Aims: To evaluate the effectiveness of a pharmacist-led multi-component smoking cessation programme (GIVE UP FOR GOOD) compared with usual care in hospitalized smokers. Design: Randomized, assessor-blinded, parallel-group trial. Setting: Three tertiary public hospitals in Australia. Participants: A total of 600 adult in-patient smokers [mean ± standard deviation (SD), age 51 ± 14 years; 64% male] available for 12 months follow-up. Interventions: Multi-component hospital pharmacist-led behavioural counselling and/or pharmacotherapy provided during hospital stay, on discharge and 1 month post-discharge, with further support involving community health professionals (n = 300). Usual care comprised routine care provided by hospitals (n = 300). Measurements: Two primary end-points were tested using intention-to-treat analysis: carbon monoxide (CO)-validated 1-month sustained abstinence at 6-month follow-up and verified 6-month sustained abstinence at 12-month follow-up. Smoking status and pharmacotherapy usage were assessed at baseline, discharge, 1, 6 and 12 months. Findings: Sustained abstinence rates for intervention and control groups were not significantly different at both 6 months [11.6% (34 of 294) versus 12.6% (37 of 294); odds ratio (OR) = 0.91, 95% confidence interval (CI) = 0.55-1.50] and 12 months [11.6% (34 of 292) versus 11.2% (33 of 294); OR = 1.04, 95% CI = 0.63-1.73]. Secondary end-points, self-reported continuous abstinence at 6 and 12 months, also agreed with the primary end-points. Use of pharmacotherapy was higher in the intervention group, both during hospital stay [52.3% (157 of 300) versus 42.7% (128 of 300); P = 0.016] and after discharge [59.6% (174 of 292) versus 43.5% (128 of 294); P < 0.001]. Conclusions: A pharmacist-led multi-component smoking cessation intervention provided during hospital stay did not improve sustained abstinence rates at either 6 or 12 months compared with routine hospital care.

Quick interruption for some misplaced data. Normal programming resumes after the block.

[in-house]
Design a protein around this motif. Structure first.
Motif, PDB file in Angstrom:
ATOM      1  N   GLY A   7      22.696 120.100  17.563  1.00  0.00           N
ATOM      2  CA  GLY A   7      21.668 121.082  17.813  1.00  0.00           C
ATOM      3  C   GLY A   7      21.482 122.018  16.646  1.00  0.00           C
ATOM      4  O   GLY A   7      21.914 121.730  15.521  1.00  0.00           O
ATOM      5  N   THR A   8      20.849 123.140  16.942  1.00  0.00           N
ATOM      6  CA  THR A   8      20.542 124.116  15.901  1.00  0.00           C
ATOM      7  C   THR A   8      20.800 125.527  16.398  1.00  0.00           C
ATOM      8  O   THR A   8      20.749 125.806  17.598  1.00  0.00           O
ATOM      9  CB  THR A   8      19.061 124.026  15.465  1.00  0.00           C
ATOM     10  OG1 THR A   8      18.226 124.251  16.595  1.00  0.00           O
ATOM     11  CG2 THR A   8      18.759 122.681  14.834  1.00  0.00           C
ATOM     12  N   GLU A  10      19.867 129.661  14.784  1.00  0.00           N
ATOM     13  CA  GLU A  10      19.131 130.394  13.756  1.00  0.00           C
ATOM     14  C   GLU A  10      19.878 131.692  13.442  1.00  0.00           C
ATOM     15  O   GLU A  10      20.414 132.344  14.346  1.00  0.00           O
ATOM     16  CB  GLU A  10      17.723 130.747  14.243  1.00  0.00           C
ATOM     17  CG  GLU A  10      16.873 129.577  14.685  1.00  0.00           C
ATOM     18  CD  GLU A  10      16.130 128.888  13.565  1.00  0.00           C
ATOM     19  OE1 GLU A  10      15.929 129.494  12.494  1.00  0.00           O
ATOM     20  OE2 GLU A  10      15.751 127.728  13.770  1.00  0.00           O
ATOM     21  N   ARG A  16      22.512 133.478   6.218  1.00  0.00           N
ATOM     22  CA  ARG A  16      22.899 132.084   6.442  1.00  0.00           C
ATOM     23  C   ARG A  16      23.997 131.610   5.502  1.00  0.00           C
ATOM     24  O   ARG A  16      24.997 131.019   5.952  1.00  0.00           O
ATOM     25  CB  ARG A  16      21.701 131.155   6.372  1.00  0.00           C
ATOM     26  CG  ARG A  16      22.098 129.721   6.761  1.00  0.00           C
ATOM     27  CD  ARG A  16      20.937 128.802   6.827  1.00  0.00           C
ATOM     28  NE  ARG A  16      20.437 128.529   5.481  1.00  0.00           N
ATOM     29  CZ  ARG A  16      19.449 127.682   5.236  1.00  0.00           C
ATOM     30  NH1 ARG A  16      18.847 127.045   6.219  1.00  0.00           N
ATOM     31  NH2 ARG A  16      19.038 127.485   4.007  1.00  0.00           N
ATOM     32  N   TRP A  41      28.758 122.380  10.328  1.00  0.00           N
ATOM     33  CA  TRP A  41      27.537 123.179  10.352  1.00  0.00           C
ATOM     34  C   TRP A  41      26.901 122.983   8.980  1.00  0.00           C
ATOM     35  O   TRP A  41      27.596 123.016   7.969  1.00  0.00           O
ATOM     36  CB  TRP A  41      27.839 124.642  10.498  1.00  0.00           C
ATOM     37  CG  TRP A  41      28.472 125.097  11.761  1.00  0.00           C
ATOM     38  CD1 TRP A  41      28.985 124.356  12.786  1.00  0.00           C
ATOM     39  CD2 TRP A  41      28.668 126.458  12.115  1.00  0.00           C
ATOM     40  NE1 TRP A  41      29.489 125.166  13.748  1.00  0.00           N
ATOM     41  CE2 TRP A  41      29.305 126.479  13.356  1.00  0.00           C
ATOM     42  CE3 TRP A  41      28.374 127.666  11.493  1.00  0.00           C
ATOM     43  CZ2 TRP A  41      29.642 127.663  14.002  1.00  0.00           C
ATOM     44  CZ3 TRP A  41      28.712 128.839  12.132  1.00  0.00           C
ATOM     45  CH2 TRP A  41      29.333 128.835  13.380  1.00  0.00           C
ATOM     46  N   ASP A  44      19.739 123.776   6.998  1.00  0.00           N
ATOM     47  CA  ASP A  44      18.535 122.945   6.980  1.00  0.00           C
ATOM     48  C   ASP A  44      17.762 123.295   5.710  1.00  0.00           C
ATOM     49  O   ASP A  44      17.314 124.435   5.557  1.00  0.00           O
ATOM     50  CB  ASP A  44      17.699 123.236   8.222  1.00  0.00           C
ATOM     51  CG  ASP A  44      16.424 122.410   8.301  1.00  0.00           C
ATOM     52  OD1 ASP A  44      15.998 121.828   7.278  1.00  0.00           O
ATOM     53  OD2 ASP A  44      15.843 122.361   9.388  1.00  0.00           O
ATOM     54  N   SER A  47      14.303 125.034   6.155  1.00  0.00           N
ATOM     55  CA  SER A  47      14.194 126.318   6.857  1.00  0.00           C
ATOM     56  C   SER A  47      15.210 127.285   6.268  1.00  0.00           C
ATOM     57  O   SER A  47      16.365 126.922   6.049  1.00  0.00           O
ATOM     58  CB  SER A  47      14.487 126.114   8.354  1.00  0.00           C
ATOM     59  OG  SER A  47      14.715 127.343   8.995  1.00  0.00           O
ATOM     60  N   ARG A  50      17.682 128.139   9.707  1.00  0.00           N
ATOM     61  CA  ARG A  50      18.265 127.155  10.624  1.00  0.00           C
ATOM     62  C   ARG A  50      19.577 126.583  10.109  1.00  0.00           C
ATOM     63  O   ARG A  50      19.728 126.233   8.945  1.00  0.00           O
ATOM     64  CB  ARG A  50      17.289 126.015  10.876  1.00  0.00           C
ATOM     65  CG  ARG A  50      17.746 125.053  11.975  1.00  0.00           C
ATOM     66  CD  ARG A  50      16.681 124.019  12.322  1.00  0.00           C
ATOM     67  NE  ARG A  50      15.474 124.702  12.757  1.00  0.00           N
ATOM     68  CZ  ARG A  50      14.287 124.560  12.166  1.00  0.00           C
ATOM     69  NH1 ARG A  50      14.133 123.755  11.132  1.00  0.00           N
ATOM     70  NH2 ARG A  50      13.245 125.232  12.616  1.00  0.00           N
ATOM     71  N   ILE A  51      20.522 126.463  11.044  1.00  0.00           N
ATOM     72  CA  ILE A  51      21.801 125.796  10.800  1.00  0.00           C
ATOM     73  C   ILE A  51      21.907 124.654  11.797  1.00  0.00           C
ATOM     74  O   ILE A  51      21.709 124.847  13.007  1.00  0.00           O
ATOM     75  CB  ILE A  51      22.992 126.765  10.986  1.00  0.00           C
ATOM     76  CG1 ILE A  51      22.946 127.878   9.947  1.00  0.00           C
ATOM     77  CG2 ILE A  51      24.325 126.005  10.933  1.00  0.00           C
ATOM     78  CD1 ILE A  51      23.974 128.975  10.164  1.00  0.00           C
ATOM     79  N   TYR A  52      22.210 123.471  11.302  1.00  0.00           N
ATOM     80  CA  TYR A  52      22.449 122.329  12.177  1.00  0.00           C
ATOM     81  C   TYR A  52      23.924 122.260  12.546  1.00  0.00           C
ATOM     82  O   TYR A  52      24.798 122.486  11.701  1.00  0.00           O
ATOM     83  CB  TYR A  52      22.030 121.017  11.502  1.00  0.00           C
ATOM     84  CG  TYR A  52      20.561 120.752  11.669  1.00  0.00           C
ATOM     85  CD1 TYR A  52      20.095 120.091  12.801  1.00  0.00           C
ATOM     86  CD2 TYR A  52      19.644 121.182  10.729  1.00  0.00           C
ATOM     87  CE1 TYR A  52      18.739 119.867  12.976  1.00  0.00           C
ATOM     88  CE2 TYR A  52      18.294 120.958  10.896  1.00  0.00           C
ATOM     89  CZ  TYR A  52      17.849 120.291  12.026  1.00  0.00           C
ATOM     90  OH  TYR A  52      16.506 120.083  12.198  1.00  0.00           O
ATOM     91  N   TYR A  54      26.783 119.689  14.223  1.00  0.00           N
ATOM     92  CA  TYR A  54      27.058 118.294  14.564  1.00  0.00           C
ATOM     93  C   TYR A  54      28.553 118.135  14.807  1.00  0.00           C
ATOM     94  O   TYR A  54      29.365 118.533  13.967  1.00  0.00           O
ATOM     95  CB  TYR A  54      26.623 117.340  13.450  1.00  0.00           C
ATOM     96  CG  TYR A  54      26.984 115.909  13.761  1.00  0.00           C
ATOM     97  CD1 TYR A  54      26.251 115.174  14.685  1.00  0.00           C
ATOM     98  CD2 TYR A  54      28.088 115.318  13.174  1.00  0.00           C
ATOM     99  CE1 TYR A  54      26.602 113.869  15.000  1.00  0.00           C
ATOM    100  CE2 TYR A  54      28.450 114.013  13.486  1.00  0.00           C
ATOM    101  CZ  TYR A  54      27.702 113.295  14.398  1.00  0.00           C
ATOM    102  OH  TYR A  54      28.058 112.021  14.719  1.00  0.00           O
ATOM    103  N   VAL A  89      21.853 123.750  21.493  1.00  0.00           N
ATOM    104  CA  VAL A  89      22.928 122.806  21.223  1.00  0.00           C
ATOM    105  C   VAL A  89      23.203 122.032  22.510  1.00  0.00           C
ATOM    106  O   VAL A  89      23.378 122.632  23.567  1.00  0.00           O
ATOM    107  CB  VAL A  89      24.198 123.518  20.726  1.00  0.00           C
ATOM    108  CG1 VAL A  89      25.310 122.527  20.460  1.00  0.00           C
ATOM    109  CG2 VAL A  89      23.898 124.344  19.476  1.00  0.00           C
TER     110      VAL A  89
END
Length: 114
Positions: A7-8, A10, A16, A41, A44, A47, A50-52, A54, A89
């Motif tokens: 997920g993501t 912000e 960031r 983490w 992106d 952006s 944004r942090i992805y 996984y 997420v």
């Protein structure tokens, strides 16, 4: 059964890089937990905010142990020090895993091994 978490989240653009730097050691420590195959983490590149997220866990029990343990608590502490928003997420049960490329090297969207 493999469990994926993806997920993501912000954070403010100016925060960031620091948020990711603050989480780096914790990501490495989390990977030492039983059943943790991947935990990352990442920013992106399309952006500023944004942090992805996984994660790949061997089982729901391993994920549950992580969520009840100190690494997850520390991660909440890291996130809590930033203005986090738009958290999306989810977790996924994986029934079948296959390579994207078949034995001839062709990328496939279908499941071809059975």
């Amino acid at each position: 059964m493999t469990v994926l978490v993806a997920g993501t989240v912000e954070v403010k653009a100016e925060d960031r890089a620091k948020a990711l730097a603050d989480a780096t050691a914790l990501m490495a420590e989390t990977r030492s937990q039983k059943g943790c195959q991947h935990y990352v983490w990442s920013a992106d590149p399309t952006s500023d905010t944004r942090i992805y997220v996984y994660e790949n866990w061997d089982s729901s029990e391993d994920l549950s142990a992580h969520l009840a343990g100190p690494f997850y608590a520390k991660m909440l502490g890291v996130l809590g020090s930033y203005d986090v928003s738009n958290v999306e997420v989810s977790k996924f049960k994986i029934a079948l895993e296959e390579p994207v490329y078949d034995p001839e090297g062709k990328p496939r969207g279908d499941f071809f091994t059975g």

- Randomized controlled trial
- Smoking cessation